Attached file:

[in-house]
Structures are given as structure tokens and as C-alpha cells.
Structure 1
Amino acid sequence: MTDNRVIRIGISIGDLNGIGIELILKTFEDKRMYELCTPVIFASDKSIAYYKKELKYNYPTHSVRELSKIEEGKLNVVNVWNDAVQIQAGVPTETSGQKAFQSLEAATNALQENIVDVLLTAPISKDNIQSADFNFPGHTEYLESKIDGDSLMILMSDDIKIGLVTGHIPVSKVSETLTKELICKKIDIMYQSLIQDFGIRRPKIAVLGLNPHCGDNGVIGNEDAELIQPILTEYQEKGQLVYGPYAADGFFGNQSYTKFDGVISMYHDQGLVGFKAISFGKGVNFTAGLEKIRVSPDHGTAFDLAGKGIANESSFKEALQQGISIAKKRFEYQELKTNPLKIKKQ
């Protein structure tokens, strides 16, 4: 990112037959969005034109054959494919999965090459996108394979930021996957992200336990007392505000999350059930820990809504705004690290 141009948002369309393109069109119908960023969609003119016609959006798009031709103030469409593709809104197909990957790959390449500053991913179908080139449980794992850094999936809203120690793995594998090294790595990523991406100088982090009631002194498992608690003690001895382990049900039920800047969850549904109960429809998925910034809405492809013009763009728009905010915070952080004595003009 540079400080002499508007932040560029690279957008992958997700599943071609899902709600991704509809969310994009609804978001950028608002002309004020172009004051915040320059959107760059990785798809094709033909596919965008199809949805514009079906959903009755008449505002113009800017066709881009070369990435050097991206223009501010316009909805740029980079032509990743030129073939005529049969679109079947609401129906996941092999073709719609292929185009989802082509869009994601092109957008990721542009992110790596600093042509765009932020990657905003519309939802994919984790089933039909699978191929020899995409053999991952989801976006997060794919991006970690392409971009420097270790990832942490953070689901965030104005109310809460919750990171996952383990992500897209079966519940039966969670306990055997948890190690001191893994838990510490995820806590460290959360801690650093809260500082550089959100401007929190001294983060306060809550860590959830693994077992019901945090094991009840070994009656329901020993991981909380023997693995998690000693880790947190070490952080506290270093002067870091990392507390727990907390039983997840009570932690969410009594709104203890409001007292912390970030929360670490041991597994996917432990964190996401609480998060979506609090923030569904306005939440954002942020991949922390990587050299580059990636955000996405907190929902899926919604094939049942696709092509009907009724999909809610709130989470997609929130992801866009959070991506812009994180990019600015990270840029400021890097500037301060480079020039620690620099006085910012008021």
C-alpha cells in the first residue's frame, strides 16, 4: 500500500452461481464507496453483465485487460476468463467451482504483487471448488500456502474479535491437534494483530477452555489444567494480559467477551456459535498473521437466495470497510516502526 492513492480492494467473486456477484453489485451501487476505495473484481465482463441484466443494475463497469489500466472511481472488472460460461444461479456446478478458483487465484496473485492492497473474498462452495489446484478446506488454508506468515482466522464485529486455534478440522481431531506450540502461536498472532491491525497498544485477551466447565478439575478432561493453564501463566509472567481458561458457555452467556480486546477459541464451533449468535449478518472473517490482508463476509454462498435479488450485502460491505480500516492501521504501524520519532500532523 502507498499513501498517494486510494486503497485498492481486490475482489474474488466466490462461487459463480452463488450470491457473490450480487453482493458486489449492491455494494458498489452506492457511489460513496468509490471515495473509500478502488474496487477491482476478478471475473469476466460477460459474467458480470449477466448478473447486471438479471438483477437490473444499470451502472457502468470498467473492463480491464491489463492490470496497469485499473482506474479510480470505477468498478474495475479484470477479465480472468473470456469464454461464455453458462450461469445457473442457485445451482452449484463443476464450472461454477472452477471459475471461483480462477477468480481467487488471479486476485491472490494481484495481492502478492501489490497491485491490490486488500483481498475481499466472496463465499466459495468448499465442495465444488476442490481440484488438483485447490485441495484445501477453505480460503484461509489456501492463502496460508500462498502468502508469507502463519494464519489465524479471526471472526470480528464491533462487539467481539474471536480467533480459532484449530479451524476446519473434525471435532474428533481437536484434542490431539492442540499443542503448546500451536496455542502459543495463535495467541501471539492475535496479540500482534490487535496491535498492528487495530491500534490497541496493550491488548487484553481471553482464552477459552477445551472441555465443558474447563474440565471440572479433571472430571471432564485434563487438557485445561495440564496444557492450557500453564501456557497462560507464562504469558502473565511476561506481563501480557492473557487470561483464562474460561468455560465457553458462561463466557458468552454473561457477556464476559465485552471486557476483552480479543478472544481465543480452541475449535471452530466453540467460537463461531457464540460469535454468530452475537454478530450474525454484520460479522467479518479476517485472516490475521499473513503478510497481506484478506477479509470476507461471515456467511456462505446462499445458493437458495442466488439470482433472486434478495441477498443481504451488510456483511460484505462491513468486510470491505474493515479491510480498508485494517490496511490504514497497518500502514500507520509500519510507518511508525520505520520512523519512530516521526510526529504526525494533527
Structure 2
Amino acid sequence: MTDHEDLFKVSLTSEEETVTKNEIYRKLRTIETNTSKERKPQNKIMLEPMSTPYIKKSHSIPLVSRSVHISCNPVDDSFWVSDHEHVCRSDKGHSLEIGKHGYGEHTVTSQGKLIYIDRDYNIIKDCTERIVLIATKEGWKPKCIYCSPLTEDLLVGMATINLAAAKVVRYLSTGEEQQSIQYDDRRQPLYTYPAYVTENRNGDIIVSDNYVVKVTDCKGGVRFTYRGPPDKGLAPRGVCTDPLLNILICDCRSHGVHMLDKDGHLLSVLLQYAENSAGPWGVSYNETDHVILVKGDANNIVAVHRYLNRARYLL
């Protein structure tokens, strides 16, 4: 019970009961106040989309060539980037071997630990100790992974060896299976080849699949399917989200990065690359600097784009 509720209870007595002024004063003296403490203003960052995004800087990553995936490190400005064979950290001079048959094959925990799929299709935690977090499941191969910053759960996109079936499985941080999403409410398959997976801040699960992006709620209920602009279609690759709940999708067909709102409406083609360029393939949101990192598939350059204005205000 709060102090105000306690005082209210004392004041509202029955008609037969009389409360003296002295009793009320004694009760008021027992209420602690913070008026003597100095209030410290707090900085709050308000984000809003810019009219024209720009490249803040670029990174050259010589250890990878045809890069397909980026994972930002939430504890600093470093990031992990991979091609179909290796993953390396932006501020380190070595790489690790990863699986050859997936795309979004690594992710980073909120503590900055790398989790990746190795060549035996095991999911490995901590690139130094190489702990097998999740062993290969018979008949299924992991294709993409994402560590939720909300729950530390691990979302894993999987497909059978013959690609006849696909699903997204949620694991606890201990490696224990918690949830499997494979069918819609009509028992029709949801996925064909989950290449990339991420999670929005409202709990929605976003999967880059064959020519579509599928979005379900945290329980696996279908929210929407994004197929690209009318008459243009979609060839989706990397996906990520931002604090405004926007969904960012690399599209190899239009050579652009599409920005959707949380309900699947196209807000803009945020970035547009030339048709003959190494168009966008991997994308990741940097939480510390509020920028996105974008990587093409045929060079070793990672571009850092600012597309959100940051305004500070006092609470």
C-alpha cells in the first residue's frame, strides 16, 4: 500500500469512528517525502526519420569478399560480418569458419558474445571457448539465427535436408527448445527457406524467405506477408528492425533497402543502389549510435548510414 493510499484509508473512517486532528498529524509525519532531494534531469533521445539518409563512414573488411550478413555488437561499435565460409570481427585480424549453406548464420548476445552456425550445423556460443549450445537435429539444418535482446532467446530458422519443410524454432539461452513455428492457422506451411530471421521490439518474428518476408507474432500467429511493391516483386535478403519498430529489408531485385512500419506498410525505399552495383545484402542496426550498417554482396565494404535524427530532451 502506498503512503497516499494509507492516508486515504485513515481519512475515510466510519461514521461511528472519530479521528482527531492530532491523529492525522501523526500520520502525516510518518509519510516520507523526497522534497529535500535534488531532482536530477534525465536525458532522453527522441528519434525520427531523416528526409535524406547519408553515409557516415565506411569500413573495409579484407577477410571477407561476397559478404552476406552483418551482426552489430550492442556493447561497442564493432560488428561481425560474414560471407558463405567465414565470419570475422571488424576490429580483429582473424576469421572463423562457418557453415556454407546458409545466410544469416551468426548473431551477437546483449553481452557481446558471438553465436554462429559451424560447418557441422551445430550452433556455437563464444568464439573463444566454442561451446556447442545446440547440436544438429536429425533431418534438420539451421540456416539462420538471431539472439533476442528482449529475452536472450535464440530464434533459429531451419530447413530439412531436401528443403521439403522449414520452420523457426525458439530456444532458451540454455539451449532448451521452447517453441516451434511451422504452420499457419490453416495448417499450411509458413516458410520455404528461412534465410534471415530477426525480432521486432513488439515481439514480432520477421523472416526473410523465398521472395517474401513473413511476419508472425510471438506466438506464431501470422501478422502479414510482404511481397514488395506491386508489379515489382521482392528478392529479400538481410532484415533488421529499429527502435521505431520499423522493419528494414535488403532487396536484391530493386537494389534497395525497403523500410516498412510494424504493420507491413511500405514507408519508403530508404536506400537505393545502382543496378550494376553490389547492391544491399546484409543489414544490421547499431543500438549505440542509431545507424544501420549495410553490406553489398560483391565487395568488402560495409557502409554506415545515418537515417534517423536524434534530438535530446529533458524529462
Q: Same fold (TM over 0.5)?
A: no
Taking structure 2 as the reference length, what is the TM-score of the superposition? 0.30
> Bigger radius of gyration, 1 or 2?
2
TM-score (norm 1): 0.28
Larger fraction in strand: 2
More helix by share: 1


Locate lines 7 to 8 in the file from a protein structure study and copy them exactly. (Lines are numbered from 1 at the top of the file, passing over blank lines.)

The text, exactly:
Structure 2
Amino acid sequence: MTDHEDLFKVSLTSEEETVTKNEIYRKLRTIETNTSKERKPQNKIMLEPMSTPYIKKSHSIPLVSRSVHISCNPVDDSFWVSDHEHVCRSDKGHSLEIGKHGYGEHTVTSQGKLIYIDRDYNIIKDCTERIVLIATKEGWKPKCIYCSPLTEDLLVGMATINLAAAKVVRYLSTGEEQQSIQYDDRRQPLYTYPAYVTENRNGDIIVSDNYVVKVTDCKGGVRFTYRGPPDKGLAPRGVCTDPLLNILICDCRSHGVHMLDKDGHLLSVLLQYAENSAGPWGVSYNETDHVILVKGDANNIVAVHRYLNRARYLL